A federal judge on Wednesday refused to grant a preliminary injunction sought by a coalition of voting rights groups and the U.S. Justice Department against the U.S. Election Assistance Commission (EAC) in litigation over voter-citizenship checks.
At issue was a requirement in Kansas, Alabama, and Georgia that individuals registering to vote must provide proof of citizenship. The League of Women Voters, the NAACP, and the Obama Justice Department had sued Brian Newby, the U.S. elections official who changed the proof-of-citizenship requirements on the federal registration form at the request of the three states.
U.S. District Judge Richard Leon’s ruling allows Kansas, Alabama and Georgia to demand that their residents submit proof of citizenship before signing up to vote even if they’re using the federal government’s registration forms.
The voting rights groups and the Obama administration had tried to halt the practice, arguing that federal law doesn’t require an extensive citizenship check when people register to vote, and saying the three states were imposing an extra burden on voters.
Via the Washington Times:
But Judge Richard J. Leon said that while it may be an inconvenience to require proof of citizenship, and voter registration drives may have to do more work to get folks signed up, it’s not an insurmountable burden — and certainly less so than trying to explain Obamacare.
“The organizational plaintiffs and their members will undoubtedly have to expend some additional time and effort to help individuals,” Judge Leon wrote. “But let’s be candid: doing so pales in comparison to explaining to the average citizen how the [Affordable Care Act] or tax code works!”
Since the voter groups didn’t show a real and irreparable harm, he rejected their request for a preliminary injunction.
The ruling is the latest in a years-long struggle by some states to combat potential voter fraud by insisting voters prove they are citizens. In one Kansas count alone, officials count 25 instances of non-citizens attempting to register to vote.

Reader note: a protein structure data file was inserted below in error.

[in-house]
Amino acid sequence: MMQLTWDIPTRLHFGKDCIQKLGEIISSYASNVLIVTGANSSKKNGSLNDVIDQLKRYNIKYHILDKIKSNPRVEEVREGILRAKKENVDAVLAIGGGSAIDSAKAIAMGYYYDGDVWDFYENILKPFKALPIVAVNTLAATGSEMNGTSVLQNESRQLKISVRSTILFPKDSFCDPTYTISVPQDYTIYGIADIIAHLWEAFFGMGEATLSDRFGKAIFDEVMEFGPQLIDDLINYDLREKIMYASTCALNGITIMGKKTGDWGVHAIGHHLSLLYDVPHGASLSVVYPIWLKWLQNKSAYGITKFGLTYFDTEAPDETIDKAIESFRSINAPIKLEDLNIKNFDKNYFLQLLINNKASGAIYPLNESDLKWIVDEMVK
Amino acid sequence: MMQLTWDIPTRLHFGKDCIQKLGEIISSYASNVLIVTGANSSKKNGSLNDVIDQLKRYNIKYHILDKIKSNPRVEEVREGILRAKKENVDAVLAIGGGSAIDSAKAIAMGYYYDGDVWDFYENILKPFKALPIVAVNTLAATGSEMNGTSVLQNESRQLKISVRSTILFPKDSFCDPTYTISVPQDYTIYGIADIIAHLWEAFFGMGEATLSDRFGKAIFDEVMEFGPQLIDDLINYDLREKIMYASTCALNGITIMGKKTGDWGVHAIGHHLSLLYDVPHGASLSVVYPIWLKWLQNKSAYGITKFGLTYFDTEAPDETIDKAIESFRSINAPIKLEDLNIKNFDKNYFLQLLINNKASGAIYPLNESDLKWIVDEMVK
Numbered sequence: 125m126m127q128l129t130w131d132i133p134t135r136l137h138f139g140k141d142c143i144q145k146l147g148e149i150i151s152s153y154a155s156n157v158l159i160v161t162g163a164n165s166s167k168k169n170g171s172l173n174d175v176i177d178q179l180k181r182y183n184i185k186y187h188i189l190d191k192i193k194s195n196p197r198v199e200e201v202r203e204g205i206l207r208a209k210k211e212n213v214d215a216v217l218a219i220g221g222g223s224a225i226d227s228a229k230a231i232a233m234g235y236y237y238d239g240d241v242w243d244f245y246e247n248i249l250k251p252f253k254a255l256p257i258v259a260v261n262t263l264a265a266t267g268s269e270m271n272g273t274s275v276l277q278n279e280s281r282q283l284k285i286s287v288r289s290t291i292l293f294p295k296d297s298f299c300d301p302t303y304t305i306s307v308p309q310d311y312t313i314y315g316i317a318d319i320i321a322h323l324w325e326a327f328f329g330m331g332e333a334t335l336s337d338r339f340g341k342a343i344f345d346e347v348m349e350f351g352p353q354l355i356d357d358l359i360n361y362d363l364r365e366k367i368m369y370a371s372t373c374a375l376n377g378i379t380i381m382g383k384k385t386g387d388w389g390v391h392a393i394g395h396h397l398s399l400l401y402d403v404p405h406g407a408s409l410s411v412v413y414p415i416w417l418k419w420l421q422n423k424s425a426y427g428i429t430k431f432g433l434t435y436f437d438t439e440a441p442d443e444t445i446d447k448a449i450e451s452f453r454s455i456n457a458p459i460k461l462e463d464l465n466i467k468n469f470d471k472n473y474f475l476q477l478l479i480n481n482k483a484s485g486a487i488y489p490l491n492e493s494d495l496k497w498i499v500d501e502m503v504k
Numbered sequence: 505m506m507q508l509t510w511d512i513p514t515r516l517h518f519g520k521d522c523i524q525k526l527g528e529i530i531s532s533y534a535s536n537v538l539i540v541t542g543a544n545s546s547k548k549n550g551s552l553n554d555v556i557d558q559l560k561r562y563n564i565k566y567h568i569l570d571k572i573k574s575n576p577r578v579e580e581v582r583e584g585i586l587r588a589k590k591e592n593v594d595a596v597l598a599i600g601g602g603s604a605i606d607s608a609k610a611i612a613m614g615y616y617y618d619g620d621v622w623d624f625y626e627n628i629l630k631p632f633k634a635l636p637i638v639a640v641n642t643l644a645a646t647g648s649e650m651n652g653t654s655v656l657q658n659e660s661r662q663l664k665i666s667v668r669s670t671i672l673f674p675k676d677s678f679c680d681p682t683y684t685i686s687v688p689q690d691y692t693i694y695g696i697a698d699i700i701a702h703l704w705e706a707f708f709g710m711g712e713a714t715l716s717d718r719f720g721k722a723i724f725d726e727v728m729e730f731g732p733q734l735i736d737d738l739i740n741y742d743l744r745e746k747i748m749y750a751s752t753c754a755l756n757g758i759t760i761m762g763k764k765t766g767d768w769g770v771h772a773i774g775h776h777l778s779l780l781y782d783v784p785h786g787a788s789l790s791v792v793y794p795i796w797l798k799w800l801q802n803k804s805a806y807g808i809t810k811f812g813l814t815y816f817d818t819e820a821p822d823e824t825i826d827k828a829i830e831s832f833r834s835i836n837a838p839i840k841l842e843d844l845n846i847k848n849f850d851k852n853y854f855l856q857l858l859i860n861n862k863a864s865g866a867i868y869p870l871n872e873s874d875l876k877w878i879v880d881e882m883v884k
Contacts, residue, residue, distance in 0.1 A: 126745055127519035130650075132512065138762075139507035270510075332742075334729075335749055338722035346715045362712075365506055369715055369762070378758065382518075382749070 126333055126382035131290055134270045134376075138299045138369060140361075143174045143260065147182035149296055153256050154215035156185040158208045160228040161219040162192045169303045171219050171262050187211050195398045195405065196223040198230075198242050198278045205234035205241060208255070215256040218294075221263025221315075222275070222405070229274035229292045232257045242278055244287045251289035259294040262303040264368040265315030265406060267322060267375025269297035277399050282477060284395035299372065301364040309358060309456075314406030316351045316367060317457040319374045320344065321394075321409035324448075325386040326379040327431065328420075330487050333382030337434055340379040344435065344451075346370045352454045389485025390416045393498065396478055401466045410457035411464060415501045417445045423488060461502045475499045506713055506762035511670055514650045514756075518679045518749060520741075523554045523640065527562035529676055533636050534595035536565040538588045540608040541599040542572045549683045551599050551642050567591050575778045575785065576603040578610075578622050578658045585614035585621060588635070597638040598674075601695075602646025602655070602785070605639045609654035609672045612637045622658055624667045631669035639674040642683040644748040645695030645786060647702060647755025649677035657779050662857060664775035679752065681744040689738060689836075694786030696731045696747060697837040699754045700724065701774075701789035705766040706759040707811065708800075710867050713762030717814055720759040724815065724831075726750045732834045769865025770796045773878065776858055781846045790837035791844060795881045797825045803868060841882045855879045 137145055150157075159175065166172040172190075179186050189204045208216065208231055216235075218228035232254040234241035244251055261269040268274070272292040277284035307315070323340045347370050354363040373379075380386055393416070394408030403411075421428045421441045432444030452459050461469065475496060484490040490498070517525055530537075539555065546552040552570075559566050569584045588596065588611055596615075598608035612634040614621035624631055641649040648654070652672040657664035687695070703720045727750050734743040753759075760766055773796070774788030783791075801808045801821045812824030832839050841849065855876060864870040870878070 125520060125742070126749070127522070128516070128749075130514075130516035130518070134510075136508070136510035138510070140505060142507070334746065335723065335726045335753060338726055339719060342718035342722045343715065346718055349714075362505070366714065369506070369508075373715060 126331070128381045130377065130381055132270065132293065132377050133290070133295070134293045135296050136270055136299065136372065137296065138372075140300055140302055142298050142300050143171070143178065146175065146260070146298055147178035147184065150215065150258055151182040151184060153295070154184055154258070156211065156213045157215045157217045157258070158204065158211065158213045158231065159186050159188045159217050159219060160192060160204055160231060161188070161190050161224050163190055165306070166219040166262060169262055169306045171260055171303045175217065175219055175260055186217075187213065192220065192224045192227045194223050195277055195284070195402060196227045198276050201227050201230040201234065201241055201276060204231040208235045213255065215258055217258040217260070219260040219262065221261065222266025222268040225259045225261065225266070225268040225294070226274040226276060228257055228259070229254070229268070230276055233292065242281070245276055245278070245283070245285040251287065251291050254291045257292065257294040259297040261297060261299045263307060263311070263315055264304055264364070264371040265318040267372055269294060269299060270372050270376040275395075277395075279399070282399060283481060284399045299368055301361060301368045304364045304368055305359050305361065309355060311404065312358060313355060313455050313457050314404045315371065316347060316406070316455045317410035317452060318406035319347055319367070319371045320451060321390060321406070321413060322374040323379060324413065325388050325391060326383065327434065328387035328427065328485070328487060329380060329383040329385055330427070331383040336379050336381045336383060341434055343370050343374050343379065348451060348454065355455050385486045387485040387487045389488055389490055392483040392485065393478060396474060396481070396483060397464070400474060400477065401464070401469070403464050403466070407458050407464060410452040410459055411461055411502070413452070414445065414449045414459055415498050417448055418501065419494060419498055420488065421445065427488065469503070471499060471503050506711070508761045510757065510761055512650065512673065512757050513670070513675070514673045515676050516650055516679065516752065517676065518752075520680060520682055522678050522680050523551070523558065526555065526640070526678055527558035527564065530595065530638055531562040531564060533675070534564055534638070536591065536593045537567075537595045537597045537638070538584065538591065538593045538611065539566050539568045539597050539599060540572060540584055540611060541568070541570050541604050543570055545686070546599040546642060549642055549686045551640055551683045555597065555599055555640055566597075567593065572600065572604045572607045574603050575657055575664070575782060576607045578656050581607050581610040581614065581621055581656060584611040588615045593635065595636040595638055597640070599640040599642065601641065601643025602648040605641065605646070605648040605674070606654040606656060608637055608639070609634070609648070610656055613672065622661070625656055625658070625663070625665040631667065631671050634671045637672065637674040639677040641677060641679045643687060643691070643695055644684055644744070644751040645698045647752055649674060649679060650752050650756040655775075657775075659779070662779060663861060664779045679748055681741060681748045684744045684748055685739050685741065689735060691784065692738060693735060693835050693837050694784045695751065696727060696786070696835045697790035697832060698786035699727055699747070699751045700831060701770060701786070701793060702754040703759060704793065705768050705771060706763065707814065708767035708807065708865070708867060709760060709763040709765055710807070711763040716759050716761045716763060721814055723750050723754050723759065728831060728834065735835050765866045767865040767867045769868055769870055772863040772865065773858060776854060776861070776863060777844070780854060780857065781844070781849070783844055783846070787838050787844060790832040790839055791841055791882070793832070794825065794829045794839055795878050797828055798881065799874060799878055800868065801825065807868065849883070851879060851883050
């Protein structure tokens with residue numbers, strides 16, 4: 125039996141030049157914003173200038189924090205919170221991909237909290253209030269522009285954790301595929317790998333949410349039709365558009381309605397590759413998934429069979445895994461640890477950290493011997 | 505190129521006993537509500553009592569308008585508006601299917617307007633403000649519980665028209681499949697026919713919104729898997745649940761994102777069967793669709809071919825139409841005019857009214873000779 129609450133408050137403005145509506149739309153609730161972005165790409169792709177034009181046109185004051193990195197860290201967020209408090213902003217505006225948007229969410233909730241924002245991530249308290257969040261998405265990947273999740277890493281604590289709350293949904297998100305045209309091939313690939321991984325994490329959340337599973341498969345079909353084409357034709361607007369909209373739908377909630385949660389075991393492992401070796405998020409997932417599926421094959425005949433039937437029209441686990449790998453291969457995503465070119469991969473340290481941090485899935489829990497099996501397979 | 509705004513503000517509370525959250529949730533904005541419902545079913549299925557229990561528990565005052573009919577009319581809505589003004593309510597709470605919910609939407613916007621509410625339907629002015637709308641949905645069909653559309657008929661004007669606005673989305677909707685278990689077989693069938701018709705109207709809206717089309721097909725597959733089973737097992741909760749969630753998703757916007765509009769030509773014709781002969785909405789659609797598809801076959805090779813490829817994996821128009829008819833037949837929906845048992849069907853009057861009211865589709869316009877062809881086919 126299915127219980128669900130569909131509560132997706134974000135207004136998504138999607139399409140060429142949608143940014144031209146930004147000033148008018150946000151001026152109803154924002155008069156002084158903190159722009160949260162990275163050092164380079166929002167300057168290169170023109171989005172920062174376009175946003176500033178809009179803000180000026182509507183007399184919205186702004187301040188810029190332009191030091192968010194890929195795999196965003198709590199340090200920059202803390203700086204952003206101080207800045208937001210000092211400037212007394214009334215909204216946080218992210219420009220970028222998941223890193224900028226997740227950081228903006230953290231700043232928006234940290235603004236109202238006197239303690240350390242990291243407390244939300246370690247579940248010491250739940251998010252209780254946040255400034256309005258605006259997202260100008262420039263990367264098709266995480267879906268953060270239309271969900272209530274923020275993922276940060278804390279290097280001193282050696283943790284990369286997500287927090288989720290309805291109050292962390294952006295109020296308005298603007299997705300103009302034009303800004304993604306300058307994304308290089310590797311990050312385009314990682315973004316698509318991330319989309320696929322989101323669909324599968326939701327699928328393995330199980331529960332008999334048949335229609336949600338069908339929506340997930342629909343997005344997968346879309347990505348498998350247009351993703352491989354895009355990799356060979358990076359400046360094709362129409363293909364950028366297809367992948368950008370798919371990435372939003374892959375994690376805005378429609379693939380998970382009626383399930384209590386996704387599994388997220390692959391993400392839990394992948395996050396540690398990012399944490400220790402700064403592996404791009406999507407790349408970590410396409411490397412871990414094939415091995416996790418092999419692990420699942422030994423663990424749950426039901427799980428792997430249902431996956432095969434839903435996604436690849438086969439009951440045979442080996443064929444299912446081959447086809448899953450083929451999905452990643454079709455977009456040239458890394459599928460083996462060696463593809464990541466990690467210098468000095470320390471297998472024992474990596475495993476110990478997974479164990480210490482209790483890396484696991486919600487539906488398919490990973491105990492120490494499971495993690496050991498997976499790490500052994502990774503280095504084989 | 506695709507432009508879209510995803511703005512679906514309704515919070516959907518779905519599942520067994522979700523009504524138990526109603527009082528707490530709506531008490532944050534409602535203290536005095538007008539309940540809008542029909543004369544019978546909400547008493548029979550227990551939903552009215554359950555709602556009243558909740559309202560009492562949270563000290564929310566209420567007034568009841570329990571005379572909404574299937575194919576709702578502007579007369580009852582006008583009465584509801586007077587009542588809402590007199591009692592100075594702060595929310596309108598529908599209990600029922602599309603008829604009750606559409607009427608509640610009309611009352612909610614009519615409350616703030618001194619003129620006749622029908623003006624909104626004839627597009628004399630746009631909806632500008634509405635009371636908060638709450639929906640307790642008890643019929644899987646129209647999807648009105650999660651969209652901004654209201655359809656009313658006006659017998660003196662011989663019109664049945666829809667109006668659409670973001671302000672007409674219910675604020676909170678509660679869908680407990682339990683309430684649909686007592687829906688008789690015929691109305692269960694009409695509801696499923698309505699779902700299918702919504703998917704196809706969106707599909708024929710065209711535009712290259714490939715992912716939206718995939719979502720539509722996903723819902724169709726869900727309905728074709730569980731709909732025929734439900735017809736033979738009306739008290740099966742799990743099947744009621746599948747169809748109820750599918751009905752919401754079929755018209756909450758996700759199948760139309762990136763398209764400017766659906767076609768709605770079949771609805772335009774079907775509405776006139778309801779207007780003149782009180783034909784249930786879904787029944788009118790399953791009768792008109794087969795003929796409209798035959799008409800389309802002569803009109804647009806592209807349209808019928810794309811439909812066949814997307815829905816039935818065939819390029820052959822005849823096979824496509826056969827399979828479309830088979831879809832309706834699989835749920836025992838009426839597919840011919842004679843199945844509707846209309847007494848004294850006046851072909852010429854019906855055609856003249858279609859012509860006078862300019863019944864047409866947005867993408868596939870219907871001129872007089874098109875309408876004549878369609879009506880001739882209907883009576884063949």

Leon chastised the plaintiffs for going far beyond what is normally asked for in preliminary injunctions.
They asked the court to “void and vacate” the EAC actions and “reverse the changes to the Federal Form and withdraw [the] letters granting the States’ requests.” As Leon said, “these demands are dramatized all the more by the fact the United States Department of Justice has somehow decided to consent to such remarkable relief! To say the least, this is not the stuff of a typical preliminary injunction; indeed, it is, in effect, a thinly veiled request for the relief normally accorded in a final judgment.”
According to Leon, “Prudence, alone, therefore dictates against granting such comprehensive relief masquerading as a preliminary injunction.” Leon then cites the Supreme Court’s recognition that the authority under the Constitution granted to the states “to establish voting requirements is of little value without the power to enforce those requirements.” Leon concluded his opinion with quite a stab at the Justice Department’s misbehavior in this case: “But, in the final analysis, what lies at the heart of this case are the scope of the authority and legality of the actions of an independent federal agency that is represented here by Executive Branch counsel who, for the most part, decline to defend it.”
Kansas Secretary of State Kris Kobach said Leon’s decision was “exactly correct.”
“Kansas’s proof of citizenship requirement does not harm on the plaintiffs. It is a necessary requirement to ensure that only US citizens vote in Kansas,” Kobach said in an email.
The voting-rights groups said they are confident in their case, and they’d already begun to set up an appeal.
What Kobach said in April continues to apply: “The ACLU and the League of Woman Voter liberals have tried their hardest — they’ve been launching lawsuit after lawsuit to stop us and so far they’ve failed, and hopefully they’ll continue to fail.”